Selectmen delay decision on dog accused of livestock attack

By Chris Reagle | Jul 11, 2018

Marion — Selectmen have decided to wait until the board can determine the whereabouts of the owner of a dog accused of attacking a neighbor’s farm animals before deciding on the canine’s fate in town.

Joan Wing, of 651 Point Road, sent a letter to the Board of Selectmen in April asking them to take some action against the owner of a Husky breed dog that the viciously attacked her goats and horse while those livestock were secured in an enclosure in her backyard. Wing said the dog, whose name is Gideon, is owned by neighbor Andrew Garvey, of 49 Joanne Drive.

Wing said one of her daughters went out to the animals’ enclosure on Sept. 20, 2017 and came upon a terrible scene

“My daughter, Debbie, discovered the Husky inside my animals’ enclosure attacking my goats and horse,” Wing wrote.  “As a result of the attack one of the goats suffered an injury to his hip.  And the horse had some of her mane bitten off.”  Wing said she was home at the time but did not hear the attack.

“Based on how much ground was torn up, the attack apparently had gone on for some time. Fortunately, the horse tried her best to protect the goats from harm” but was herself injured in the attack. Wing notified police and the town dog officer of the attack.

Wing said she took measures to close any holes in the fence around the animals’ enclosure. But over the winter, the dog was again in her yard but unable to gain access to the livestock’s enclosure. She said on April 19, her daughter Patti was alerted that the Husky was sitting on Wing’s back steps barking continuously. The police were again notified, she said.

“The fear of having my goats killed by this neighbor’s dog has gone on too long,” Wing wrote. “As much as I love animals, at this time I request that something be done to prohibit the dog from coming into my yard and harming my animals.”

Wing attended the meeting with her daughter, Debbie. However, Garvey was not in attendance. Town Administrator Paul Dawson said Garvey was notified of the public hearing by regular and certified mail. He did not hear back from Garvey.

In an effort to resolve the matter, Dawson had Marion Police go the Garvey residence, but it appeared Garvey no longer lived there. He said authorities can’t ascertain as to Garvey’s location at this time. Selectman Chairman Norm Hills said he was also told that the dog allegedly killed a Delano Road resident’s rabbits.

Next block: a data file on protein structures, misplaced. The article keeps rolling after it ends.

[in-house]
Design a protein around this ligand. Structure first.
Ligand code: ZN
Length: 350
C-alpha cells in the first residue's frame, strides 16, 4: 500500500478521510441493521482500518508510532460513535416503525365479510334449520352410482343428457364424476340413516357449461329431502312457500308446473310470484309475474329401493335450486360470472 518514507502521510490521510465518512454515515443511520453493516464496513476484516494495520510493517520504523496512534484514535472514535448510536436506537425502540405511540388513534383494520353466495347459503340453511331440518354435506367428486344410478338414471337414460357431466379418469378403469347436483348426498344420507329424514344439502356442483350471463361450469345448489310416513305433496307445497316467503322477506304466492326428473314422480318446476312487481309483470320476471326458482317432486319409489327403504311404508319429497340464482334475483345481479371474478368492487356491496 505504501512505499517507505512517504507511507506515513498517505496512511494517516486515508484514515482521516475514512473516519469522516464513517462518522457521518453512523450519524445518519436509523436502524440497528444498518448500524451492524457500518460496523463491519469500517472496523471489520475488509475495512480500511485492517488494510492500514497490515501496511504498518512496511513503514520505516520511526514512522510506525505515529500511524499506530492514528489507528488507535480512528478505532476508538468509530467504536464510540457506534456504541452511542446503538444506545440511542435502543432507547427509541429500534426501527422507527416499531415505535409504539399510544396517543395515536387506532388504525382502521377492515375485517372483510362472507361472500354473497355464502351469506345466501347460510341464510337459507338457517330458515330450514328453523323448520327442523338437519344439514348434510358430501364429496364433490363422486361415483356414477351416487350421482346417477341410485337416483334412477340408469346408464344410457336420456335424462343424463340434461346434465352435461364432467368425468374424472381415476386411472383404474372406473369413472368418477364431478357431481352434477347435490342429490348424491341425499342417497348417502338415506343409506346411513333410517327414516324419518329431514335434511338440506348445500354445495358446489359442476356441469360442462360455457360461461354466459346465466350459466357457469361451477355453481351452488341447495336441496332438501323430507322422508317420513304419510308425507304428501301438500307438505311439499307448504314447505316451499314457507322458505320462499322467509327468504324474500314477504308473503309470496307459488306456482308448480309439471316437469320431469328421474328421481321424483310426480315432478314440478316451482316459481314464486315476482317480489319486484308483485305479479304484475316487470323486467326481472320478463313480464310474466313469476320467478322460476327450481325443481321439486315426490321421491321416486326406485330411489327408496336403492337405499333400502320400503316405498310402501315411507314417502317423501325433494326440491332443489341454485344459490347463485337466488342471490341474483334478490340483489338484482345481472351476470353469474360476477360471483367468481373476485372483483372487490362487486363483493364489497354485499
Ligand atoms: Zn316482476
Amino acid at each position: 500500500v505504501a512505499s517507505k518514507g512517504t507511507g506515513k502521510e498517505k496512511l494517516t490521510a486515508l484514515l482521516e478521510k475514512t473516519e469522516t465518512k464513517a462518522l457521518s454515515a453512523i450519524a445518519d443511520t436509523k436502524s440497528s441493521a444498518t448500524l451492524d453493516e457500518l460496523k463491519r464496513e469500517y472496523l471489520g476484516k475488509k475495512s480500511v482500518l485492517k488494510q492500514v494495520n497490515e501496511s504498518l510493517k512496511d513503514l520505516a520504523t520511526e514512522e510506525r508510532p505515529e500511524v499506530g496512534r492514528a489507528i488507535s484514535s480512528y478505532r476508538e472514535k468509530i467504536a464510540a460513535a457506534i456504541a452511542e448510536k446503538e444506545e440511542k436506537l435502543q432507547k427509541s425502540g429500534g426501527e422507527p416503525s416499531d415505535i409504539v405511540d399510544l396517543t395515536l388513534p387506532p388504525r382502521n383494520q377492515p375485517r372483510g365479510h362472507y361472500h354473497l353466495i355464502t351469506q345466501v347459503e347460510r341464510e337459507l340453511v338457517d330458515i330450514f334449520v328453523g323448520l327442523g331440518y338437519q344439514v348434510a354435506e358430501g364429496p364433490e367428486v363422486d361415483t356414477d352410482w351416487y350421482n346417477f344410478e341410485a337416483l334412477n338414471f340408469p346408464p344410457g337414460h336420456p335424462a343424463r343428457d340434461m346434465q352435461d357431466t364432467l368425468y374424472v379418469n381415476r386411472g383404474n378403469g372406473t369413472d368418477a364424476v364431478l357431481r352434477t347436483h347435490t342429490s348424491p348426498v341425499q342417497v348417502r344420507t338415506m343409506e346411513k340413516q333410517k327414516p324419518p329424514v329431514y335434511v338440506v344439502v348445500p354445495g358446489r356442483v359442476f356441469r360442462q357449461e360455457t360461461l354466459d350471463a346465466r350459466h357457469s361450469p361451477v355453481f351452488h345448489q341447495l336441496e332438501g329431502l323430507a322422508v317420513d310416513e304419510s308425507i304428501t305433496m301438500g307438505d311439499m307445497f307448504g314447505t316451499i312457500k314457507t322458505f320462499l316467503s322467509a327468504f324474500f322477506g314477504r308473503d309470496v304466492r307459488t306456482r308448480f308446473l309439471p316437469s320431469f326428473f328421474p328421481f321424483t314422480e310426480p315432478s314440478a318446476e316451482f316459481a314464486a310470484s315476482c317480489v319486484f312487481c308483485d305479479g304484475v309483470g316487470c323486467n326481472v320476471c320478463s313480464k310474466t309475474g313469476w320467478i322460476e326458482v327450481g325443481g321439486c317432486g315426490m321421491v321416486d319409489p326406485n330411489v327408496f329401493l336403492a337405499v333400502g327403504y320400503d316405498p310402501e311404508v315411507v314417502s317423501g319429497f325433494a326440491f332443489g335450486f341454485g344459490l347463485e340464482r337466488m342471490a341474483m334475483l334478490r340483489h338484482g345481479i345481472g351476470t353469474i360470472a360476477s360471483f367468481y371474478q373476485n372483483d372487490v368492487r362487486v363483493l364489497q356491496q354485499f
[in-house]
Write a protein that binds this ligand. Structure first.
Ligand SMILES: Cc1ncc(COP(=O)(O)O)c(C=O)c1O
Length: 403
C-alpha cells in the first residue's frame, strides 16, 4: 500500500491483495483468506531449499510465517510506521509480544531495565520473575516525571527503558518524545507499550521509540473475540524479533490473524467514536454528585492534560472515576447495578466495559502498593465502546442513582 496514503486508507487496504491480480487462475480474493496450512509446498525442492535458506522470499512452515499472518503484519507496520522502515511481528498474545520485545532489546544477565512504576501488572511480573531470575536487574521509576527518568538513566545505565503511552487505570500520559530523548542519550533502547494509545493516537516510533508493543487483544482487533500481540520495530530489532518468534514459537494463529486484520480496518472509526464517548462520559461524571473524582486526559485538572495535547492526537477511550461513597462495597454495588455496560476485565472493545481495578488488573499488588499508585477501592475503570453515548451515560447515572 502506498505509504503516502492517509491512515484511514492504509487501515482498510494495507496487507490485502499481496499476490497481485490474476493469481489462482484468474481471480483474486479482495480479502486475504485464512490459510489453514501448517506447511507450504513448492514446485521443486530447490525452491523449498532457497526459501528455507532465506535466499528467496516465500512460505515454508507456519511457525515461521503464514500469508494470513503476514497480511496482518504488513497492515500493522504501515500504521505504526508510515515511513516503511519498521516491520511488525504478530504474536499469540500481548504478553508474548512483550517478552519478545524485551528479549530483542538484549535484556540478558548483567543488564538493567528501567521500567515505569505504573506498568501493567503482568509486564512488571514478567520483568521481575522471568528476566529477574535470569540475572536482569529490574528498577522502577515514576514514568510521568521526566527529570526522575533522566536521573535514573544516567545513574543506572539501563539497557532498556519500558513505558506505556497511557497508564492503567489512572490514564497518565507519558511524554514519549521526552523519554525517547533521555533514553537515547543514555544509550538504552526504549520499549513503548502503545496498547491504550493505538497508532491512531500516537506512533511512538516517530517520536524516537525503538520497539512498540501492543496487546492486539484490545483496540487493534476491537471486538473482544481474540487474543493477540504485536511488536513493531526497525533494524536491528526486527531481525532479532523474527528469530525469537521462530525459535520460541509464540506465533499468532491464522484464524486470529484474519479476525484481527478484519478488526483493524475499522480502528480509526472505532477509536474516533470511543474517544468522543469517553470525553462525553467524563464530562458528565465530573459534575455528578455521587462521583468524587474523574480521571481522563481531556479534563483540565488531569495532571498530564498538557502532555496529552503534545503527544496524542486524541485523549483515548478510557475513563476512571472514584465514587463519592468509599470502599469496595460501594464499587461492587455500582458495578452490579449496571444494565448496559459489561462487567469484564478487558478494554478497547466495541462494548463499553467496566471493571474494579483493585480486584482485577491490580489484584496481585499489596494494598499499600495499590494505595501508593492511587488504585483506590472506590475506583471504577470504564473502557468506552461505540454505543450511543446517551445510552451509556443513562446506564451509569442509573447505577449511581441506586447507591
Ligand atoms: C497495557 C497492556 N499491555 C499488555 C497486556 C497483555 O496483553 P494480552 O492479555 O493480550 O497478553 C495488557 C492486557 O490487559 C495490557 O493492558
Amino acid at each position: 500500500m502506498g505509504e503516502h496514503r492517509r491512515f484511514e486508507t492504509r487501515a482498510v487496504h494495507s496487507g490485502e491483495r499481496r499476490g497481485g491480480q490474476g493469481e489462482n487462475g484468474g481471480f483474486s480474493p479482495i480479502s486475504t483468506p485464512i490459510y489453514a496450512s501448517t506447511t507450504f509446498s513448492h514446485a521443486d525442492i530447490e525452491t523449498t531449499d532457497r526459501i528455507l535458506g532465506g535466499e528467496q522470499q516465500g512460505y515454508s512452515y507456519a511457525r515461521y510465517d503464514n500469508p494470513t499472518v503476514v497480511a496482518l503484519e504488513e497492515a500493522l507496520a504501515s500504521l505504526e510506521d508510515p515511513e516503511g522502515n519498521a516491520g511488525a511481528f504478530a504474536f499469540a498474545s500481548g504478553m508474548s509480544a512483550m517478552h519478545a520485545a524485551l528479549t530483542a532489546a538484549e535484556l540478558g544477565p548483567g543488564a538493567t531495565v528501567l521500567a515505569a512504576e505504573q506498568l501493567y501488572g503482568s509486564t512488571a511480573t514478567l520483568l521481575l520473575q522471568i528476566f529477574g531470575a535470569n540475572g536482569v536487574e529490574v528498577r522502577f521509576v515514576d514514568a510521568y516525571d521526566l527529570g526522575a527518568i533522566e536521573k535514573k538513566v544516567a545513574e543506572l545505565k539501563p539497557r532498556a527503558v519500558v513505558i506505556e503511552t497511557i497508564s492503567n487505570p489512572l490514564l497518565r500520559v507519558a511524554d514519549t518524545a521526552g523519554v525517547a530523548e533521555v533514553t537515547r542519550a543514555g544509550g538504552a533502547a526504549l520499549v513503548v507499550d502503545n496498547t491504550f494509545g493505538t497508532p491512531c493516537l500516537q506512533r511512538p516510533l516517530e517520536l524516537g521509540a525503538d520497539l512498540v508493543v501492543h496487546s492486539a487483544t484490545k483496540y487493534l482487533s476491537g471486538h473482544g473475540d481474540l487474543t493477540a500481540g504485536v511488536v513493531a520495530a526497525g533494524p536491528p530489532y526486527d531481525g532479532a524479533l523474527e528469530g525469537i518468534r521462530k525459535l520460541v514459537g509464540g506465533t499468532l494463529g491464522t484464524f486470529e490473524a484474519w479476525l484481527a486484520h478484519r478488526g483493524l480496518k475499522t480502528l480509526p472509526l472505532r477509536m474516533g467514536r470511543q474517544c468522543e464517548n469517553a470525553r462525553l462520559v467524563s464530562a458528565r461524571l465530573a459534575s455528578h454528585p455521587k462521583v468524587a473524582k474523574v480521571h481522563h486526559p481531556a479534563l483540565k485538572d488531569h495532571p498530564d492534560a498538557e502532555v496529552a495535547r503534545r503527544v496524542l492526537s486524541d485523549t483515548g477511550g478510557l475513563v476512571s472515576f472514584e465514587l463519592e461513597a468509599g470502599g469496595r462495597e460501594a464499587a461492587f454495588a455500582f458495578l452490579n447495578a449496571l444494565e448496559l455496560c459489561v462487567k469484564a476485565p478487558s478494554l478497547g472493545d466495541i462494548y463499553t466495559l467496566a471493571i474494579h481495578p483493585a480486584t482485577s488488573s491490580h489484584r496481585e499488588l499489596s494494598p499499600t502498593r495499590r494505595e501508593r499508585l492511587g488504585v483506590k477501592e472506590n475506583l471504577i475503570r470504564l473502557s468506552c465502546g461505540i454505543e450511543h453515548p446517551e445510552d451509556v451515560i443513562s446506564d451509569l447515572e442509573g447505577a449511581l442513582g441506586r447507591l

“I would recommend that the dog be retrained,” Marion Animal Control Officer Suzanne Connor, who attended the July 10, public hearing on the matter. “These people (the Garvey’s) have been on my radar since about 2012. They are never compliant with even the simplest task, such as licensing their dog.”

Connor confirmed that the dog killed the rabbits on Delano Road. She said she cited Garvey for non-licensing after picking the dog up and taking it to an animal shelter. Connor has tried to assist the Garvey’s with the dog. She said she provided them with a dog house, and information on training.

“Its not a mean dog, but its not well supervised,” the dog officer said.

Dawson then laid out the board’s options.

“The first thing the board has to do is determine whether the dog is a dangerous dog or a nuisance dog,” Dawson said.” After determining that …if the board were to determine this is a dangerous dog, as opposed to a nuisance dog, there are a number of things the board could do.

Selectmen briefly discussed whether the dog should be considered dangerous or a nuisance. Wing’s daughter offered her opinion.

“I’ve been in contact with the dog before, so I would say he’s not a threat to people,” Debbie Thompson said.

“But he’s certainly a threat to (other) animals,” Hills said.

Ultimately, Selectmen decided to wait until they could determine whether Garvey had moved somewhere in town before issuing a determination. The matter will likely be taken up at a future selectmen’s meeting, they said.

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